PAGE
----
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South Side Activists Still Seek 'Benefits Agreement' Obama Nixed For Library

CHICAGO (CBS) -- Former President Barack Obama says he rejects the idea of a Community Benefits Agreement with residents of the neighborhood surrounding the site of his presidential center, because it's not inclusive enough. Despite that, several hundred people met at Hyde Park High School Wednesday night to demand that he reconsider.

"We're going to be heard. We're going to make noise," said Charles Perry of the Westside Health Authority, who emceed the two-hour meeting.

The Kenwood-Oakland Community Organization (KOCO) is a prime backer of such an agreement. Its executive director, Jay Travis, said rapidly increasing housing prices in Woodlawn, adjoining the site, raises a question.

"Will Chicago continue to be home to black working people?" he asked. "What good is the center if we're displaced before it opens?"

KOCO organizer and Woodlawn resident Jeanette Taylor said rising rents have already pushed her out of Bronzeville; she said she is determined not to let it happen again. She said the Obamas must reconsider.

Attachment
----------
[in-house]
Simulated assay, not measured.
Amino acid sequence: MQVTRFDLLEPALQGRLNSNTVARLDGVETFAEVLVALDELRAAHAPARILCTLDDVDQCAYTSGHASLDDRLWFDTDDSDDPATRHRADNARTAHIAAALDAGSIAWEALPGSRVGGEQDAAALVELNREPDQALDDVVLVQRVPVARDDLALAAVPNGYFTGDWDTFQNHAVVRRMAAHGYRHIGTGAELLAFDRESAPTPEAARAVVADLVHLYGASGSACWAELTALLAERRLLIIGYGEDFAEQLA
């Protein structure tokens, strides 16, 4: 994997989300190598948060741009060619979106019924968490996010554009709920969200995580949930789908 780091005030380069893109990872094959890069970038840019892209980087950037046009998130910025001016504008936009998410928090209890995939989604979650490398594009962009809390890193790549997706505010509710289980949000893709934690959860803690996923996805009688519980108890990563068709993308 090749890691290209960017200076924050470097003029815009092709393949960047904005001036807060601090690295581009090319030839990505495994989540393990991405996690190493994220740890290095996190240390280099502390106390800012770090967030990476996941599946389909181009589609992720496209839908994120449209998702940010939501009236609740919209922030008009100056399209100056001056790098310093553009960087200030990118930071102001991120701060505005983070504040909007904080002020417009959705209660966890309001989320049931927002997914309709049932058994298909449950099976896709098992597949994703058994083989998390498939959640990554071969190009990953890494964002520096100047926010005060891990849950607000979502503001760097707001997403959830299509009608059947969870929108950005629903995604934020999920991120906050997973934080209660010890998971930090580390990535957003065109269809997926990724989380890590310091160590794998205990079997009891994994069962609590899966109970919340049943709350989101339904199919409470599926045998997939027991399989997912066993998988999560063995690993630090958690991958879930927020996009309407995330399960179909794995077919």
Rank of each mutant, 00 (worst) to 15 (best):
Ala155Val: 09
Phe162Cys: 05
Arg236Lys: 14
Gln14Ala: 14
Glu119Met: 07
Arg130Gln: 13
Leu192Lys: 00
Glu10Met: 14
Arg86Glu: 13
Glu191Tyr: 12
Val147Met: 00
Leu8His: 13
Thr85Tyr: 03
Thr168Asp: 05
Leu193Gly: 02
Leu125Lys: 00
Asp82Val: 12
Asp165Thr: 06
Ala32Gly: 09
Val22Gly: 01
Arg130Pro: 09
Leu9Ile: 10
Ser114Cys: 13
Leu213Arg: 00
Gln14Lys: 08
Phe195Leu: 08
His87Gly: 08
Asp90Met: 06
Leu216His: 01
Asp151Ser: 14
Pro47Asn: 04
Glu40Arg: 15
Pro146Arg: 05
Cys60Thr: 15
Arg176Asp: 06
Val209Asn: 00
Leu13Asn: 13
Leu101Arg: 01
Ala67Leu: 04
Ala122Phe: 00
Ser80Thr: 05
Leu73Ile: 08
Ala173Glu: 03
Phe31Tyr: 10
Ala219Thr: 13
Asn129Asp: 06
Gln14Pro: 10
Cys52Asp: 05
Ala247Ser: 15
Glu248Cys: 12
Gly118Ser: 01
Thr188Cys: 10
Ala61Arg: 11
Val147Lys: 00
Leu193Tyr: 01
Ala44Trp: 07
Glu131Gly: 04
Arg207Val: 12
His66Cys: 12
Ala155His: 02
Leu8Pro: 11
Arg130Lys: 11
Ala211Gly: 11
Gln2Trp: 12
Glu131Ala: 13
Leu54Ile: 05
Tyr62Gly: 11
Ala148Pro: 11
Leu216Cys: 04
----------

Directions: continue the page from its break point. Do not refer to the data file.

"Remember that it was people from communities of color who helped you get into office," she said. "That was your Senate seat. That was you being an organizer. That was you being the President. Don't forget where you came from."

Taylor said it is "morally right" to grant such an agreement.

Organizers want an agreement that promises:

• 80 percent of Presidential Center-related jobs to area residents, with a minimum $15 hourly wage;
• better schools;
• a guarantee that existing low-income and affordable housing remain and that 30 percent of newly-built housing be set aside for low-income residents;
• and a property tax freeze for long-time area residents.

Rapper Che "Rhymefest" Smith told the audience that he believes the $15 hourly wage, said by some to be the "living wage," is not enough. He said the minimum should be $25/hour.

Marcus Gill of the group "Southside Together Organizing for Power" said any meaningful approach to guaranteeing jobs requires the execution of contracts.

The organizers would like to see a city ordinance requiring such an agreement, and say a measure could be introduced in the City Council next month.

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